Last update: May 01, 2023, 12:24 p.m. HST
Photo taken on August 26, 2022 shows a woman using her phone during a job fair in Beijing. (Credits: AFP)
Unemployment among urban youth aged 16-24 rose sharply to 19.6% in March this year, the second highest level on record
Amid record high unemployment in China, the country’s wealthiest province has come up with a unique, but controversial, youth employment solution that is sending 3 lakh unemployed youths to the countryside to find work.
China’s Guangdong Province, a manufacturing hub neighboring Hong Kong, said it would help college graduates and young entrepreneurs find jobs in villages, CNN reported.
The province has also encouraged young rural people to return to the countryside to seek work.
The announcement comes after Chinese President Xi Jinping in December 2022 called on urban youth to seek jobs in rural areas to revive the rural economy.
Beijing had launched a similar campaign under former leader Mao Zedong in which tens of millions of urban youth were exiled to remote parts of China.
China is heading for social instability as unemployment hits historic highs. Persistent youth unemployment is accompanied by a record 11.58 million students graduating from universities and colleges this year.
Unemployment among urban youth aged 16-24 rose sharply to 19.6% in March this year, the second highest level on record, from 18.1% in February, according to ANI.
Data suggests that there are about 11 million jobless young people in Chinese cities.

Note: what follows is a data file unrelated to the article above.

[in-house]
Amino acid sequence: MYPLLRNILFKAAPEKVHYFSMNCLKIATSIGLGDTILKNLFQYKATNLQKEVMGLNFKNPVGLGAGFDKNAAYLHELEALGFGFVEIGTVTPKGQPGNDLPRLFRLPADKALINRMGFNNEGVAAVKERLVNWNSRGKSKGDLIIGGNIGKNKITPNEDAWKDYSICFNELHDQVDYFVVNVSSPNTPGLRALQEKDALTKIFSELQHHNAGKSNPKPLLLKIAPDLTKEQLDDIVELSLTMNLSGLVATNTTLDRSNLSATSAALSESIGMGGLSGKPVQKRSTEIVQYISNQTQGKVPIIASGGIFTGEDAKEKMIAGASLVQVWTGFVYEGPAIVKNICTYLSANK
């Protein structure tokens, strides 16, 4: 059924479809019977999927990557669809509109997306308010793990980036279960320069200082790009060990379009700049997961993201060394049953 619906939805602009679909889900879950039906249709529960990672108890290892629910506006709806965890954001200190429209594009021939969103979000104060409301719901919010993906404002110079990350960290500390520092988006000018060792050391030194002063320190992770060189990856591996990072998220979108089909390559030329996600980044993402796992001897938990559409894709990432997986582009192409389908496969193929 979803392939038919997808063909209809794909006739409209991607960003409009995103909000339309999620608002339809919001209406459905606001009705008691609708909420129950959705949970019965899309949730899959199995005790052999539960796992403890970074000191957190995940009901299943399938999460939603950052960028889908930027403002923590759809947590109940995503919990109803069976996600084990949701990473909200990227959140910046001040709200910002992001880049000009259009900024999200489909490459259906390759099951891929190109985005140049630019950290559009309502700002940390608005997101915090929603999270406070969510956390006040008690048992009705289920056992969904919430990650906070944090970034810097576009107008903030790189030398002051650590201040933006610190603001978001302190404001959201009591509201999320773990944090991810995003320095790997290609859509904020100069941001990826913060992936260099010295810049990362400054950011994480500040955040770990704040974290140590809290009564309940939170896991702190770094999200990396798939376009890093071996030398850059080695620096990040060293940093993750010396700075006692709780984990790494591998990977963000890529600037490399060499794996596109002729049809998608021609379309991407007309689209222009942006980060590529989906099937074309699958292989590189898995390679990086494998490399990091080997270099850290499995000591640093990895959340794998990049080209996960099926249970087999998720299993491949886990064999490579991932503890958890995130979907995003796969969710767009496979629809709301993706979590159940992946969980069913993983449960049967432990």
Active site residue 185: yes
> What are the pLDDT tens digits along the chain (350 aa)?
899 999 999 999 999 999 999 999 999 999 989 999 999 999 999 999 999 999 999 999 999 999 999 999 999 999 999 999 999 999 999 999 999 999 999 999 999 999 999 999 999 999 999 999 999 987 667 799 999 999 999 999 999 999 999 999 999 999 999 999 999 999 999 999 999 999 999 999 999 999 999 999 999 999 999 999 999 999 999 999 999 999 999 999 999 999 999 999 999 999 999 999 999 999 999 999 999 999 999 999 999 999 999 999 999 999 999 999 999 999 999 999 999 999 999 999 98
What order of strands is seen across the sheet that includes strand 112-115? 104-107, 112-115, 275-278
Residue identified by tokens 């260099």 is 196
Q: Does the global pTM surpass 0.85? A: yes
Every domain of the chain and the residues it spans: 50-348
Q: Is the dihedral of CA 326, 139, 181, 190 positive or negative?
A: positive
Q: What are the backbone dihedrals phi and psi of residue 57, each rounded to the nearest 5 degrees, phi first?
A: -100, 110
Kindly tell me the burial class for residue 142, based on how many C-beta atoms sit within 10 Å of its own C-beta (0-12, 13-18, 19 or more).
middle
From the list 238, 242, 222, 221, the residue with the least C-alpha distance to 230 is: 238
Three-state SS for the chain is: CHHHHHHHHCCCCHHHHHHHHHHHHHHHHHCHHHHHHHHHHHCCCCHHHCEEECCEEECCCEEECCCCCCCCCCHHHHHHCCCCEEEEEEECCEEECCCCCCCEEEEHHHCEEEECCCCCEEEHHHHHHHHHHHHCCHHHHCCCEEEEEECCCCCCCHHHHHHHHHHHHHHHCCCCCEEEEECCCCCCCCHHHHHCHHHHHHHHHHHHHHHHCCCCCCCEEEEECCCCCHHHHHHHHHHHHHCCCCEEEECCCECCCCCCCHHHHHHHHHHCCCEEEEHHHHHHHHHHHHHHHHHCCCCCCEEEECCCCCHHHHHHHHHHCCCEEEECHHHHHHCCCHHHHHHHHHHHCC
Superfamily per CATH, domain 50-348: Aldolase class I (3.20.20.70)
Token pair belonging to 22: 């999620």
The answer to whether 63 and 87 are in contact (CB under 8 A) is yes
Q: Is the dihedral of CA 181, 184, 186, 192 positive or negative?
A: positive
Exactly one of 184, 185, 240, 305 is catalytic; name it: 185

The spike in youth unemployment rates is largely due to China’s economic slowdown. Slowing manufacturing and a weak IT sector are believed to be the reasons for this persistent problem.
Last month, the Communist Youth League slammed young graduates for refusing to ‘tighten the screws in the factories’ and urged them to ‘take off their suits, roll up their sleeves and go to the farmland’, according to a Financial Times report.
However, many people in China are mocking the government on social media for not creating enough jobs for the growing number of educated young people.
Fears about social mobility lead some young people to question conventional norms about families and employment. China’s young population embraces the “tang ping” or “lying flat” movement, which encourages doing the bare minimum instead of working hard for long-term returns.
There’s also the ‘Moonlight Clan’, a group of young Chinese people who deliberately live paycheck to paycheck, buying luxuries like vacations abroad to make up for longer-term disappointment. .
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